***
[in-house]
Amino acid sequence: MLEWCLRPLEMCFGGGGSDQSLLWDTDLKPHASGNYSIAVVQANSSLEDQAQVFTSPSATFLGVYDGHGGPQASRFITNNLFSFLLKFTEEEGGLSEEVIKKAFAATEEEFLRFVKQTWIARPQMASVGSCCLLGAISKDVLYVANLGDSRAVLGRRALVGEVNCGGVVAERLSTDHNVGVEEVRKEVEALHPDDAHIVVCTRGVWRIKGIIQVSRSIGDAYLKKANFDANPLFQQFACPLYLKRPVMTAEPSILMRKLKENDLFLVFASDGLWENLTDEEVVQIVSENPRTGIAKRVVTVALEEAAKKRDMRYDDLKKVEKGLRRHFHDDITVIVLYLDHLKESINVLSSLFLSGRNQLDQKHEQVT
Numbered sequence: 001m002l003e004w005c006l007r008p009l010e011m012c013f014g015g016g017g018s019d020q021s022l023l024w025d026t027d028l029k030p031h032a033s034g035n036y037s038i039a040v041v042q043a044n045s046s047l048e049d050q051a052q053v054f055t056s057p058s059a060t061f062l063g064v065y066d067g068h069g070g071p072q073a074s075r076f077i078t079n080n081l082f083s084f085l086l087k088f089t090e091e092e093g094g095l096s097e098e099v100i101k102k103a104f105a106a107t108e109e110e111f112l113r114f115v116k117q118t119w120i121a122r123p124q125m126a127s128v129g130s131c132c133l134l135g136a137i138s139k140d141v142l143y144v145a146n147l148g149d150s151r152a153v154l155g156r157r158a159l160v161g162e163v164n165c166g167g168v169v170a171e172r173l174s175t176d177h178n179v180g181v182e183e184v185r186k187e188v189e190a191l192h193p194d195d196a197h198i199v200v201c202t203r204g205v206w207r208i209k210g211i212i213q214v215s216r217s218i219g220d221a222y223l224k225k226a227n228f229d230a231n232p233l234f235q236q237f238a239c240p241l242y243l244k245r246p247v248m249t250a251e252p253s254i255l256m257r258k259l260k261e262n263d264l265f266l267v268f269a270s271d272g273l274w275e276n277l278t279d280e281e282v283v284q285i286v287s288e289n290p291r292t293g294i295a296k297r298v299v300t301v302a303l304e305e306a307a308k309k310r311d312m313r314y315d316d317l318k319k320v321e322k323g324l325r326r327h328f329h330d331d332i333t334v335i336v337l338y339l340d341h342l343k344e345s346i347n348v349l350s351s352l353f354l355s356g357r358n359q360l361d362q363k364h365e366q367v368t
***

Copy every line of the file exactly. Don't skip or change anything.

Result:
[in-house]
Amino acid sequence: MLEWCLRPLEMCFGGGGSDQSLLWDTDLKPHASGNYSIAVVQANSSLEDQAQVFTSPSATFLGVYDGHGGPQASRFITNNLFSFLLKFTEEEGGLSEEVIKKAFAATEEEFLRFVKQTWIARPQMASVGSCCLLGAISKDVLYVANLGDSRAVLGRRALVGEVNCGGVVAERLSTDHNVGVEEVRKEVEALHPDDAHIVVCTRGVWRIKGIIQVSRSIGDAYLKKANFDANPLFQQFACPLYLKRPVMTAEPSILMRKLKENDLFLVFASDGLWENLTDEEVVQIVSENPRTGIAKRVVTVALEEAAKKRDMRYDDLKKVEKGLRRHFHDDITVIVLYLDHLKESINVLSSLFLSGRNQLDQKHEQVT
Numbered sequence: 001m002l003e004w005c006l007r008p009l010e011m012c013f014g015g016g017g018s019d020q021s022l023l024w025d026t027d028l029k030p031h032a033s034g035n036y037s038i039a040v041v042q043a044n045s046s047l048e049d050q051a052q053v054f055t056s057p058s059a060t061f062l063g064v065y066d067g068h069g070g071p072q073a074s075r076f077i078t079n080n081l082f083s084f085l086l087k088f089t090e091e092e093g094g095l096s097e098e099v100i101k102k103a104f105a106a107t108e109e110e111f112l113r114f115v116k117q118t119w120i121a122r123p124q125m126a127s128v129g130s131c132c133l134l135g136a137i138s139k140d141v142l143y144v145a146n147l148g149d150s151r152a153v154l155g156r157r158a159l160v161g162e163v164n165c166g167g168v169v170a171e172r173l174s175t176d177h178n179v180g181v182e183e184v185r186k187e188v189e190a191l192h193p194d195d196a197h198i199v200v201c202t203r204g205v206w207r208i209k210g211i212i213q214v215s216r217s218i219g220d221a222y223l224k225k226a227n228f229d230a231n232p233l234f235q236q237f238a239c240p241l242y243l244k245r246p247v248m249t250a251e252p253s254i255l256m257r258k259l260k261e262n263d264l265f266l267v268f269a270s271d272g273l274w275e276n277l278t279d280e281e282v283v284q285i286v287s288e289n290p291r292t293g294i295a296k297r298v299v300t301v302a303l304e305e306a307a308k309k310r311d312m313r314y315d316d317l318k319k320v321e322k323g324l325r326r327h328f329h330d331d332i333t334v335i336v337l338y339l340d341h342l343k344e345s346i347n348v349l350s351s352l353f354l355s356g357r358n359q360l361d362q363k364h365e366q367v368t